I'm hoping that the ideaLab is a precursor to recognizing the demands of the newsroom and equipping all staff appropriately. This does not necessarily mean handing all staffers a full arsenal of products, but giving these tools to people who will experiment should give us some data on what tool is best for what job. Some staff might be better served, for example, by a netbook than by a computer at their desks.

And finally, one last thought: we don't need to be TV news. As I covered a sensitive conspiracy murder case this week, I talked to long-time neighbors of the family torn apart by the tragedy. At first, they asked to be anonymous. After we talked, I asked again if, considering what they said, they were willing to let me use their names. They said yes - but had I been quick to whip out a camera, I doubt they would have been. As we adapt to a multimedia world, there are still benefits to the intimacy of what we do.

Also - related to intern life - check out the Daily Local interns' blog, linked from the right and also here: Will Work for Clips.

Monday, June 21, 2010

Journalism is a service, not a product

"Media companies are ongoing victims of the evolving user paradigm, because we spend our efforts trying to duplicate the money machine known as order-taking advertising. We mistakenly think that the established equilibrium of the past will, sooner or later, come to fruition online, and that is impossible when people who used to be our audiences are evolving faster than we are. We pay no (or little) attention to the user experience, because we're too busy multiplying the number of page views we can tout to advertisers. The cost of interaction that users must pay with us should be our most important metric, but it's often not even on the page. Hell, if we can shift six page views into seven, why not?" -R&D

The title of the blog from which this is quoted is "Local Media in a Postmodern World," and maybe it's because I studied postmodernism before I studied media, but I have been decrying the commercial infrastructure of newspapers since I became aware of it - which, sad to say, is pretty recently. Did I honestly think the pennies people paid for newspapers paid for journalists? No; it's even worse. I never thought about it at all.

In a way, we're blessed because now people are thinking about it. While it's true that people will use information against you, in many ways, with an explanation, people become better equipped to collaborate. For instance, admitting to our public that on an average day we have two copy editors proofing and laying out the entire paper does promote some understanding that while typos aren't acceptable, they aren't a capital crime (caveat: as long as we don't use it as an excuse). Instead of an editing mistake becoming a colossal tower of shoddiness and laziness at the paper - given that we tell our readers what we are trying to do about it - such mistakes become understandable.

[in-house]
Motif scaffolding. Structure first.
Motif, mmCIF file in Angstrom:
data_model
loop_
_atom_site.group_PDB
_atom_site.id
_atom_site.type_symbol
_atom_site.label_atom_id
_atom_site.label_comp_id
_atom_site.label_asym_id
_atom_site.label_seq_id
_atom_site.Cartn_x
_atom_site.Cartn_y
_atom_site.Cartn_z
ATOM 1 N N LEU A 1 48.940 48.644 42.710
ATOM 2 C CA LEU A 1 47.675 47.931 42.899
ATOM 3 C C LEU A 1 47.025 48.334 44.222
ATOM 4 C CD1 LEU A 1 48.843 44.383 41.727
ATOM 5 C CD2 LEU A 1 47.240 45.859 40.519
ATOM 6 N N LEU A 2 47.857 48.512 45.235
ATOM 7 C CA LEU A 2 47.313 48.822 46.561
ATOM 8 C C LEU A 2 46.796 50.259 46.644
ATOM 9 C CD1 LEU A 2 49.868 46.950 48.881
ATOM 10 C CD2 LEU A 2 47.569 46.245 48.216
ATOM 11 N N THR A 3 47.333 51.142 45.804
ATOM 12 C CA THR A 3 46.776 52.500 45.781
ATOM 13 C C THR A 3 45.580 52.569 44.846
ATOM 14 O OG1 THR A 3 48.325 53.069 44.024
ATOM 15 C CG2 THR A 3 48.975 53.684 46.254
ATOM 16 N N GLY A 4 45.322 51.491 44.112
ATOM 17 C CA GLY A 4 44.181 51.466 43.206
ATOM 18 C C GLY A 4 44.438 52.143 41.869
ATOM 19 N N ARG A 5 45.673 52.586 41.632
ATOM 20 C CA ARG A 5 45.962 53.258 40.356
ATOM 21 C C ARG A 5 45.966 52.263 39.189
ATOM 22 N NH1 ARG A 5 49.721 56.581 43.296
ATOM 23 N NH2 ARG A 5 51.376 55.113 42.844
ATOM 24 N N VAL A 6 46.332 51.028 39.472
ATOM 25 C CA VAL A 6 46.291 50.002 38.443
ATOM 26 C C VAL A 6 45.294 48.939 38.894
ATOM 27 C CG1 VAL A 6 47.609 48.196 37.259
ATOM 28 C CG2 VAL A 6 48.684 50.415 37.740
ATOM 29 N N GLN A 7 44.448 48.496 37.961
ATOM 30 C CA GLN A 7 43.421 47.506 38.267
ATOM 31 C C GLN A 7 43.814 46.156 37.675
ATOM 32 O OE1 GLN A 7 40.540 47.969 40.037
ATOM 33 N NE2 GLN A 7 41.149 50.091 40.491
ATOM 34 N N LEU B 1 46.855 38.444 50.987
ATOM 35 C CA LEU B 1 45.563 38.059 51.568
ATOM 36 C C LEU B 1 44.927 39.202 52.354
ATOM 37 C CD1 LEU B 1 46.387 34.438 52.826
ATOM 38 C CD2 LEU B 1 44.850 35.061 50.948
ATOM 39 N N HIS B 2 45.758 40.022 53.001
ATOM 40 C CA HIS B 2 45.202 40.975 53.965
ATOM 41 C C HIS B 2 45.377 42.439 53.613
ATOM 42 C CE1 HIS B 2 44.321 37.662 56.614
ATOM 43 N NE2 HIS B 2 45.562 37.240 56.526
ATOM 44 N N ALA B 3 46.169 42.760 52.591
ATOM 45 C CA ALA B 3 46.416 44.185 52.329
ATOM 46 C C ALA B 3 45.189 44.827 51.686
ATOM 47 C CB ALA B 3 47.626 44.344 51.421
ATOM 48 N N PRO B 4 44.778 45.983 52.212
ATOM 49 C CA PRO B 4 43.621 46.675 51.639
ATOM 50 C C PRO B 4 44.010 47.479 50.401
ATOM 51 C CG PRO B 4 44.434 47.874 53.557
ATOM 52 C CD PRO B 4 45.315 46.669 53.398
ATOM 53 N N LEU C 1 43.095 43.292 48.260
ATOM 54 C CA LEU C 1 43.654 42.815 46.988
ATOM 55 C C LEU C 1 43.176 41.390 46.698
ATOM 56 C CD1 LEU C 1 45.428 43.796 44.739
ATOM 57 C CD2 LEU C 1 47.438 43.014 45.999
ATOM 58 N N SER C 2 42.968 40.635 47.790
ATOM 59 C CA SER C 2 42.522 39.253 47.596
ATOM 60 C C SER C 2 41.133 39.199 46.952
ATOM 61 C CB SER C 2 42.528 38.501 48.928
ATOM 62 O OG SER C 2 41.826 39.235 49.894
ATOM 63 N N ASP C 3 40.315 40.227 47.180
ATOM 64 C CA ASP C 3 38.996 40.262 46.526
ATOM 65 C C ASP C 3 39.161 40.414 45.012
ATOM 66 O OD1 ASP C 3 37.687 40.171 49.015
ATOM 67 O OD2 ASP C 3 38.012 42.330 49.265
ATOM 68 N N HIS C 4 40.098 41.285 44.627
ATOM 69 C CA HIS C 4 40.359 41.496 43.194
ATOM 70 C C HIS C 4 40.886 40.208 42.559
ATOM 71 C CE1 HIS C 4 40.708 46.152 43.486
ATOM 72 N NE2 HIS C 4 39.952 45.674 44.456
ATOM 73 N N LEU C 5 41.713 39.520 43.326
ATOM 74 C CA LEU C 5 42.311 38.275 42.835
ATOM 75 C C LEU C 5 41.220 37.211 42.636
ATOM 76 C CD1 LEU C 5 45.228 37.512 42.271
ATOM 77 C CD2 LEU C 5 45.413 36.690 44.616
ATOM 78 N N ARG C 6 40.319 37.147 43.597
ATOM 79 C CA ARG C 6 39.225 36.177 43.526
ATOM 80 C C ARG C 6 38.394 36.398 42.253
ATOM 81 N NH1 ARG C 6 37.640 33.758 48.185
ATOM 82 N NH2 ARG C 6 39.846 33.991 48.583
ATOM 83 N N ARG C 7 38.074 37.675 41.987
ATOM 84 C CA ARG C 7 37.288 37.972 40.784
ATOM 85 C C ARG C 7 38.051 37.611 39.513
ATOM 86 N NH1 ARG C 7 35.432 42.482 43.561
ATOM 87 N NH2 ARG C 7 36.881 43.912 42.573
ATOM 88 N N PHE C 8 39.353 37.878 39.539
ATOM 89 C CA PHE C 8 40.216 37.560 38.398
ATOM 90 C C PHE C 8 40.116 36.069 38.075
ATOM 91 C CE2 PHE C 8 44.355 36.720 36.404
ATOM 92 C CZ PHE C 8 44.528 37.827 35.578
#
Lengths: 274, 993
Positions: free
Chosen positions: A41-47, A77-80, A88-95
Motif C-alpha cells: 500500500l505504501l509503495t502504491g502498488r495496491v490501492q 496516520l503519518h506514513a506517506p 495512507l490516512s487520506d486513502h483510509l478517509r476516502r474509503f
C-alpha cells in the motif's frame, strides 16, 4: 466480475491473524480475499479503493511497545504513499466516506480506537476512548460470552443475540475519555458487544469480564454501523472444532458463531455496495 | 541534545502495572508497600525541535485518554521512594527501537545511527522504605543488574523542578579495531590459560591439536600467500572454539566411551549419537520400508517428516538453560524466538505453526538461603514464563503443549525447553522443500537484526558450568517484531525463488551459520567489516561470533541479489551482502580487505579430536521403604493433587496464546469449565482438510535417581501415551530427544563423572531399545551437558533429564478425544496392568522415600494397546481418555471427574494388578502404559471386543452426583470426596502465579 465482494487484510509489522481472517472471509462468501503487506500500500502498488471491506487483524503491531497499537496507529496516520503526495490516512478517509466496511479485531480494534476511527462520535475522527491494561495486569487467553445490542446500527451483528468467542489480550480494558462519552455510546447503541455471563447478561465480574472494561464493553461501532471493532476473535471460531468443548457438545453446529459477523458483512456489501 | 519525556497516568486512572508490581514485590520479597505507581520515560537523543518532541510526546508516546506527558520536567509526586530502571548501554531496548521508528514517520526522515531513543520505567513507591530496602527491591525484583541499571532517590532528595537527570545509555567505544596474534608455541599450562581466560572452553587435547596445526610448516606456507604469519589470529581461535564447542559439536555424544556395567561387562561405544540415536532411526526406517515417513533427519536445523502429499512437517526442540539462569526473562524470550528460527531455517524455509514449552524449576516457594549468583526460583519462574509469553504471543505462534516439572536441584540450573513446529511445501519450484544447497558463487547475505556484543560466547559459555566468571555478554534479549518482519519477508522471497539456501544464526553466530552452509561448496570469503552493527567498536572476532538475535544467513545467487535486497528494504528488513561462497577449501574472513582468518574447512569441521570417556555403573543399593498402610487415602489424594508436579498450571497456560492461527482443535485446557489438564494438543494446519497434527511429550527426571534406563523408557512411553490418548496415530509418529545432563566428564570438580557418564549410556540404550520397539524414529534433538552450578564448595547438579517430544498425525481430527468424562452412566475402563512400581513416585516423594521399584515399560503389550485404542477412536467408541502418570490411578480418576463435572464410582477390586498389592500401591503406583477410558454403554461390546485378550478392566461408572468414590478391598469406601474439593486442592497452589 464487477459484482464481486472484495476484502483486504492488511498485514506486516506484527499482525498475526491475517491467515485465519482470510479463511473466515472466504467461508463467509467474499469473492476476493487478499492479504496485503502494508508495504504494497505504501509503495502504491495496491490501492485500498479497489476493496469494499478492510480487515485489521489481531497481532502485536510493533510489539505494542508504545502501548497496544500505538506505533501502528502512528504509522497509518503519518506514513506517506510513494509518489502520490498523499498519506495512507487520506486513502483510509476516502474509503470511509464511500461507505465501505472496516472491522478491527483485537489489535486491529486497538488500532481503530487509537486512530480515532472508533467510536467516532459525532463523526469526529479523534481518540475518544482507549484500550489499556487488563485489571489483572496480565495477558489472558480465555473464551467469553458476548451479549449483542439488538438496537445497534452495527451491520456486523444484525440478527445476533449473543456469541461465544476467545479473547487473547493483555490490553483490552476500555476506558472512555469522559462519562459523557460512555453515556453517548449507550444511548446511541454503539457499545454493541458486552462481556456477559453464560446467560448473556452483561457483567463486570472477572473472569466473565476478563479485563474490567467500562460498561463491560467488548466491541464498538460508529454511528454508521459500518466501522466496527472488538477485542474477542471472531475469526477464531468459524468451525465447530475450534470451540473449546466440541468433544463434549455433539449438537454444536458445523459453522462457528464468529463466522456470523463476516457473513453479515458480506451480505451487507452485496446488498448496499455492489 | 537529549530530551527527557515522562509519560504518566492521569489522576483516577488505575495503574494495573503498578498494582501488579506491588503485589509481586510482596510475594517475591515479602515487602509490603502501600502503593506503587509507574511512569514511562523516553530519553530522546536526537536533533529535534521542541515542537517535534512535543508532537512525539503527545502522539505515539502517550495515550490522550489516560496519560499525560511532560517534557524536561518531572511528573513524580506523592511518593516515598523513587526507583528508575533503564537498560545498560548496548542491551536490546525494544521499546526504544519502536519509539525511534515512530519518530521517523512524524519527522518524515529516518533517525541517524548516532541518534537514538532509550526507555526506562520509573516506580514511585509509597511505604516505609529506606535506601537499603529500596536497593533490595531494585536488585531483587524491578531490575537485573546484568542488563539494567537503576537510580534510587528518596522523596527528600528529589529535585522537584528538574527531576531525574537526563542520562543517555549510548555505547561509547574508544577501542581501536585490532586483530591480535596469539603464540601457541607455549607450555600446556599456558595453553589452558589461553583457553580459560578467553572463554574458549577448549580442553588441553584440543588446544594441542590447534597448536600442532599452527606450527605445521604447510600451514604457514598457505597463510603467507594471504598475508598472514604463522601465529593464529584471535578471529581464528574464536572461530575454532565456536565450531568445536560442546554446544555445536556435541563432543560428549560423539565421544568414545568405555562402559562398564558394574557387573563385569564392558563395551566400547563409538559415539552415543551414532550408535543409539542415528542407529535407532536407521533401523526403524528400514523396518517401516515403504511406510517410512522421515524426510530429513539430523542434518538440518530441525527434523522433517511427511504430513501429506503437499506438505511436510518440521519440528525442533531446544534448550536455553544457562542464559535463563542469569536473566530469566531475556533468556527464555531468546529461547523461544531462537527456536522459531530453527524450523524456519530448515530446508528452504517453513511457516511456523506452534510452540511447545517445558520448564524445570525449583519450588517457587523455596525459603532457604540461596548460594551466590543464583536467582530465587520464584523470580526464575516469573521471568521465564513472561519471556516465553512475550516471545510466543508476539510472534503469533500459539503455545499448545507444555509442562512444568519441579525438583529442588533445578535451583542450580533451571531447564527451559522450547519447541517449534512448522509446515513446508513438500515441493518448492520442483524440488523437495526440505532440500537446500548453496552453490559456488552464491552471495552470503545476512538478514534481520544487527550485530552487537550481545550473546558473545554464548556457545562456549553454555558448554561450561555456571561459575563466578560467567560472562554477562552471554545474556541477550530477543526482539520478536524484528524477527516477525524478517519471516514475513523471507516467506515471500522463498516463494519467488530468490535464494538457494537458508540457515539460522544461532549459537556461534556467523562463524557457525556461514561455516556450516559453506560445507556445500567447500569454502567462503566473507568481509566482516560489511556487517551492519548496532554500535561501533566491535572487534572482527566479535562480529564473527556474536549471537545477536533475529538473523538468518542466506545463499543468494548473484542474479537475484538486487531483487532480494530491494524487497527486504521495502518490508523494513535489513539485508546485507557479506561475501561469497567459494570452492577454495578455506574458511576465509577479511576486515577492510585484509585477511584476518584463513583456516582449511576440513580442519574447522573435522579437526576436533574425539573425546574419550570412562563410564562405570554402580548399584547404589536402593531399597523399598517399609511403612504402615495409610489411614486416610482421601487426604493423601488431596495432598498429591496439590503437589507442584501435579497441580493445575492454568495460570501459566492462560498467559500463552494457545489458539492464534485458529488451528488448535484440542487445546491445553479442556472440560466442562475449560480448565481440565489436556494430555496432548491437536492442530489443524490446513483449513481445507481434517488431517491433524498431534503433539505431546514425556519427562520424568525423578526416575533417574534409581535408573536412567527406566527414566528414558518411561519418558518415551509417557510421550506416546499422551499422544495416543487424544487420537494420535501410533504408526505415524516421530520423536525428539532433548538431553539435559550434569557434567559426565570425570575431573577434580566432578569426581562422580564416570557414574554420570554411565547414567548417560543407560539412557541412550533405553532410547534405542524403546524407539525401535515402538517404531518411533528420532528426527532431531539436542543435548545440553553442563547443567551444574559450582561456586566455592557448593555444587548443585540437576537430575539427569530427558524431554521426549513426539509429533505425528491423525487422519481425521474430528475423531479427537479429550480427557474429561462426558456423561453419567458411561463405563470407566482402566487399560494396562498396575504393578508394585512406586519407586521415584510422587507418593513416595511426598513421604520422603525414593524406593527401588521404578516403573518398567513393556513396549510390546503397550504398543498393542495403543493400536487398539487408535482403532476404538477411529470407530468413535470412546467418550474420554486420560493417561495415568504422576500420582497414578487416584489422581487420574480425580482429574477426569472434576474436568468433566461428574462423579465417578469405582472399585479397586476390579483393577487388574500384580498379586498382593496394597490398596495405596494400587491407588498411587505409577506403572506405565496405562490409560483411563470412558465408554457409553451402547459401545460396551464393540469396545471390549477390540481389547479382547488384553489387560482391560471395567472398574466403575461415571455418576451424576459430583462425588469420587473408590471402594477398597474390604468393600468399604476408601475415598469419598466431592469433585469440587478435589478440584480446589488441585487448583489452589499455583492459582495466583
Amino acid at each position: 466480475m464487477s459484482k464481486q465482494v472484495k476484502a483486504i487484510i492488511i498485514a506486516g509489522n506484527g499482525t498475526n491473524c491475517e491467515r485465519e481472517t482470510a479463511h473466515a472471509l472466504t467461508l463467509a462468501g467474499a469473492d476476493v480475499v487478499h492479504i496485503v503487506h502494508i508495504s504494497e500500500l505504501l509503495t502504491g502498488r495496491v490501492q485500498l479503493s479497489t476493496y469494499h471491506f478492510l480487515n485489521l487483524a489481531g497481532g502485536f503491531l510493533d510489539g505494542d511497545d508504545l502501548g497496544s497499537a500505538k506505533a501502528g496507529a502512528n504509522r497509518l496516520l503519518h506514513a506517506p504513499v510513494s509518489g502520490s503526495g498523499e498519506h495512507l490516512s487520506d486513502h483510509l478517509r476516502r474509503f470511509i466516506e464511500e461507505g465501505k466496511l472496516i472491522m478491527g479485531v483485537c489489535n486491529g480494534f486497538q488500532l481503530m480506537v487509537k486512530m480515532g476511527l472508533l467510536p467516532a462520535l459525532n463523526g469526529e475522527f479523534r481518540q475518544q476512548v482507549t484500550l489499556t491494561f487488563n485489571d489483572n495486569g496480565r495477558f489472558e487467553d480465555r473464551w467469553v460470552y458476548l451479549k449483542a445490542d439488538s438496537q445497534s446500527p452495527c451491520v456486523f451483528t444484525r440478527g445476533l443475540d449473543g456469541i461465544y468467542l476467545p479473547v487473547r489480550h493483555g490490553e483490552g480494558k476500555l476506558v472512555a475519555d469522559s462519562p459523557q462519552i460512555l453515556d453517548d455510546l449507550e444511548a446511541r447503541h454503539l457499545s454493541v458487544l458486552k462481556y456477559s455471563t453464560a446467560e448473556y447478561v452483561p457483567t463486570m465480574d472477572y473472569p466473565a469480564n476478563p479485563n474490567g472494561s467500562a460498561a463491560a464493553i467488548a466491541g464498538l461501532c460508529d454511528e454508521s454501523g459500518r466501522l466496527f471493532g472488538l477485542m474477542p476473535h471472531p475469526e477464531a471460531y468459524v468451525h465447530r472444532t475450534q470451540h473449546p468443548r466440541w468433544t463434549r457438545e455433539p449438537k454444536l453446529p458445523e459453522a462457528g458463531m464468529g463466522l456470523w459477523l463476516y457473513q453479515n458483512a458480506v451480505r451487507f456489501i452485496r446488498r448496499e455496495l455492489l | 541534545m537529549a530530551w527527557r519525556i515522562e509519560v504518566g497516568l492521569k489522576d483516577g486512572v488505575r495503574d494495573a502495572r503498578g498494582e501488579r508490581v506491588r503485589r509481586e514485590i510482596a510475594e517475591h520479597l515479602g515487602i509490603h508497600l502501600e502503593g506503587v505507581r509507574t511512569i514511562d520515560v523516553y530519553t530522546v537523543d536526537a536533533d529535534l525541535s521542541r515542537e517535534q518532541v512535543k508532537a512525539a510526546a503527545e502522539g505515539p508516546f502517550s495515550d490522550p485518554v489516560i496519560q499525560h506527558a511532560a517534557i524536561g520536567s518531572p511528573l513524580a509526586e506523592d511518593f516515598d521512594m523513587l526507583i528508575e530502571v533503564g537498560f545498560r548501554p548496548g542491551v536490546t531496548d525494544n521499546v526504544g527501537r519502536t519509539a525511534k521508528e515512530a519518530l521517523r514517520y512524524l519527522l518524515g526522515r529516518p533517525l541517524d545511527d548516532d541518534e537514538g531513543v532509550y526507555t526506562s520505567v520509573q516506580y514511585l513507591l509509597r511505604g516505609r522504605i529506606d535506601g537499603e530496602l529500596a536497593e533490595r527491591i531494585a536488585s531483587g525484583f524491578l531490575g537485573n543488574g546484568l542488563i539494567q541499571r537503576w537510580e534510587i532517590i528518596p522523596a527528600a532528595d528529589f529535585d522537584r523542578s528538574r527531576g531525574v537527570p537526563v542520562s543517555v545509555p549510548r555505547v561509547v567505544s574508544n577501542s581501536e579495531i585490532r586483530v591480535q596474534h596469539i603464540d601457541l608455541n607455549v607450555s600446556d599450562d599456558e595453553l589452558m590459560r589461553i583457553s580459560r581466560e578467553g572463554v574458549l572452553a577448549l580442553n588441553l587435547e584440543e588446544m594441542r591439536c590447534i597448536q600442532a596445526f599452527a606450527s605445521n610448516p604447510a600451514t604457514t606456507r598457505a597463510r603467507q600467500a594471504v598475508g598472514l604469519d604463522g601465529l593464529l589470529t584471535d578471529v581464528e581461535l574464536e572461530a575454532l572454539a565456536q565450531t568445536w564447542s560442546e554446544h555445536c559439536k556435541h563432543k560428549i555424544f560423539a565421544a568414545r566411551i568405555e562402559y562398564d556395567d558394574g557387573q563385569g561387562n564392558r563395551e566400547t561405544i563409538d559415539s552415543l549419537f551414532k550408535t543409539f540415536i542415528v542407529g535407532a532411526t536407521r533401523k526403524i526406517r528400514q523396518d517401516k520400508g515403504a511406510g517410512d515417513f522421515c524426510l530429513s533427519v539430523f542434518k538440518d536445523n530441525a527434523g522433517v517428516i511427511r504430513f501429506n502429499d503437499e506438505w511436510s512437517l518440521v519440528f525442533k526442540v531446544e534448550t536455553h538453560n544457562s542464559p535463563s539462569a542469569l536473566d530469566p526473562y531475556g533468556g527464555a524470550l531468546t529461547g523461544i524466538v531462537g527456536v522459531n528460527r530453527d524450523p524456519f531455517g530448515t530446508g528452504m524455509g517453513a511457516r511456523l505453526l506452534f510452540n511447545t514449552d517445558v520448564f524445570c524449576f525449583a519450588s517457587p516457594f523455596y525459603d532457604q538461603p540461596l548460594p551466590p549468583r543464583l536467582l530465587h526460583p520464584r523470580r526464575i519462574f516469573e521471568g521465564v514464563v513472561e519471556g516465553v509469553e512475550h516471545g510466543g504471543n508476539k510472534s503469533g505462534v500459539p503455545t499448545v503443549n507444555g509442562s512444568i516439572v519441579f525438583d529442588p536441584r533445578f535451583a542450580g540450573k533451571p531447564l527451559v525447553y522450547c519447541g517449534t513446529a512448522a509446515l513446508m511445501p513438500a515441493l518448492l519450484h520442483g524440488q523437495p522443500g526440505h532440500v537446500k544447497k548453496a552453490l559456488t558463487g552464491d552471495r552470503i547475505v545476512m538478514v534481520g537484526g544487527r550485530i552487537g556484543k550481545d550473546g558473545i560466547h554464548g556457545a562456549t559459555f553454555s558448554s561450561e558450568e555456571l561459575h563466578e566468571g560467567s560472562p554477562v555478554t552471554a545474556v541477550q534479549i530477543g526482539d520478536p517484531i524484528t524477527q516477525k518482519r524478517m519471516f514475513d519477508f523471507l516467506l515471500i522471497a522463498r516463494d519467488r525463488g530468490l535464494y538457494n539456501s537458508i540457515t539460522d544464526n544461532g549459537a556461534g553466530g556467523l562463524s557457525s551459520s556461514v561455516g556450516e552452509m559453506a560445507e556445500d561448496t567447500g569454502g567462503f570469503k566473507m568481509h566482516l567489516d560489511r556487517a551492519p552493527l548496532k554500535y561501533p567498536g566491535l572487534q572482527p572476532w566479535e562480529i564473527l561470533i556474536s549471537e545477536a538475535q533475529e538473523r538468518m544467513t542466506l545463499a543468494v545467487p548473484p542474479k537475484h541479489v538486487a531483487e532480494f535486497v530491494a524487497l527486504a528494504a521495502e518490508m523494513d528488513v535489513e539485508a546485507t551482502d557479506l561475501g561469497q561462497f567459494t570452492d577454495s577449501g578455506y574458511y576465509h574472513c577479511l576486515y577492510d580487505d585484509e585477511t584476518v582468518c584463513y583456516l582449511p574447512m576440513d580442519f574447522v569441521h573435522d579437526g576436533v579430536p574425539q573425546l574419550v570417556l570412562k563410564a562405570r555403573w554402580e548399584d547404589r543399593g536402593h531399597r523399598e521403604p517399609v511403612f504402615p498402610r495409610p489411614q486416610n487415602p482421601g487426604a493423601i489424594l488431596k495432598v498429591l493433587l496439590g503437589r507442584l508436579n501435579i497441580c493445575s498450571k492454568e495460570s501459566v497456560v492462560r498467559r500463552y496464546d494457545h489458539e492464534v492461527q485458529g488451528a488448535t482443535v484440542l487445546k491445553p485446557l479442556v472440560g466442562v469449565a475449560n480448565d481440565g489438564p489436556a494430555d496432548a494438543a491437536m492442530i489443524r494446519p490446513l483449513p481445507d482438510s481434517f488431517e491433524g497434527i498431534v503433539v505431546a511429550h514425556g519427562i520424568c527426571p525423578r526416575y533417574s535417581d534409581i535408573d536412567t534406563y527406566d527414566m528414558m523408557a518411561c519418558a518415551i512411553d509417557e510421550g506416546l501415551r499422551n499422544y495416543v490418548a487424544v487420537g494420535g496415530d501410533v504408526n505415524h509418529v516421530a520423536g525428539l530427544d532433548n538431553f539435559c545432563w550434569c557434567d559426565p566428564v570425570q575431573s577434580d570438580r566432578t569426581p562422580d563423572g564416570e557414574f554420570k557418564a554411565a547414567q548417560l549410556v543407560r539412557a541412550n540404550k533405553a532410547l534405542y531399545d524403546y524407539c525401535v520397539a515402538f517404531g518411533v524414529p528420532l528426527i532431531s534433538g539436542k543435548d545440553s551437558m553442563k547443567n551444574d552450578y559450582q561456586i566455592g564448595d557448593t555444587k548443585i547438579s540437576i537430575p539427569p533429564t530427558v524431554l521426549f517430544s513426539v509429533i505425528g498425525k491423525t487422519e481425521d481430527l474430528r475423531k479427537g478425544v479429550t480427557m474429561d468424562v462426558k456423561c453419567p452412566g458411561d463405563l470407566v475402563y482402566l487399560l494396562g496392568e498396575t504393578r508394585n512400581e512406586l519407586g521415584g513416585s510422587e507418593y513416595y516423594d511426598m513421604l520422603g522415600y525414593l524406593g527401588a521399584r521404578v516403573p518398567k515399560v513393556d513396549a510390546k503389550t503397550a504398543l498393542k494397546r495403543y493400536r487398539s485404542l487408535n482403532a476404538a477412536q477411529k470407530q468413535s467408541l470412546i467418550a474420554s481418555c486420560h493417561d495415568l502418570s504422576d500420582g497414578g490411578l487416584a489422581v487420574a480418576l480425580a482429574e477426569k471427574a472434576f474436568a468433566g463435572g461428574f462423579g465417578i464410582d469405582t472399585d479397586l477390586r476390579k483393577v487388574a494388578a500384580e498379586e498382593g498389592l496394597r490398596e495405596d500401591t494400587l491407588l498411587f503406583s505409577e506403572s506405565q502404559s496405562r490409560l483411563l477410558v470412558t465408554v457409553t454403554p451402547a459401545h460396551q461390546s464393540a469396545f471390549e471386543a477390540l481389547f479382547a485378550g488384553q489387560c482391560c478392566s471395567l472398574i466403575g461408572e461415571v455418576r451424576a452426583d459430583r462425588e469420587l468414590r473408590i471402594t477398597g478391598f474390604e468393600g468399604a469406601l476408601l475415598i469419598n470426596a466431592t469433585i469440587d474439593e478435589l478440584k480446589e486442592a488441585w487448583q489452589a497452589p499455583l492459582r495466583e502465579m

People can be pretty smart; as one reader pointed out to me, there is a certain amount of "self-policing" that occurs in comments, where one commenter will address the inaccuracy of another's assumption.

And significantly for our concerns, when people realize that it takes money to produce quality journalism, they begin to get accustomed to the idea of paying for the journalism itself, rather than paying magically by taking a cursory glance at the latest Sears ad. Maybe they're not ready to do it yet - but I really believe the mentality is beginning to develop.

I'm trying to develop some "practice rules" for ethical journalism in light of business concerns (in the process of writing my thesis). I believe that business is by nature an ethical endeavor - that ethics separates business from crime, because if business were purely driven by profit motives, that's what it would be. (This might explain a lot, if you think about it.)

My favorite example, which I stumbled across in an academic journal, is that if a tax auditor covers up financial weaknesses, this is not "simply" an ethical failure - she is wrong also because she is no longer auditing. In that vein, deciding how to do journalism both profitably and ethically is a question of defining what it means to "do journalism" at all - hence, the need for what I am calling "practice rules." This process - I think - will help to clarify what exactly it is we're asking people to pay for, and justify that payment.

Tuesday, June 01, 2010

Linking and learning

Aggregation Day!

I'm looking for reactions to these stories in the theme of what it means for digital news. If you were designing a news website, what would you keep in mind from these stories? What principles or strategies do they suggest to you?

Is Print Media Doomed Worldwide or Just in the U.S.?

"As I walked in the headquarters of the Jawa Pos—the flagship newspaper of one of South East Asia’s largest print media empires—I was wondering just how screwed my profession is; globally I mean."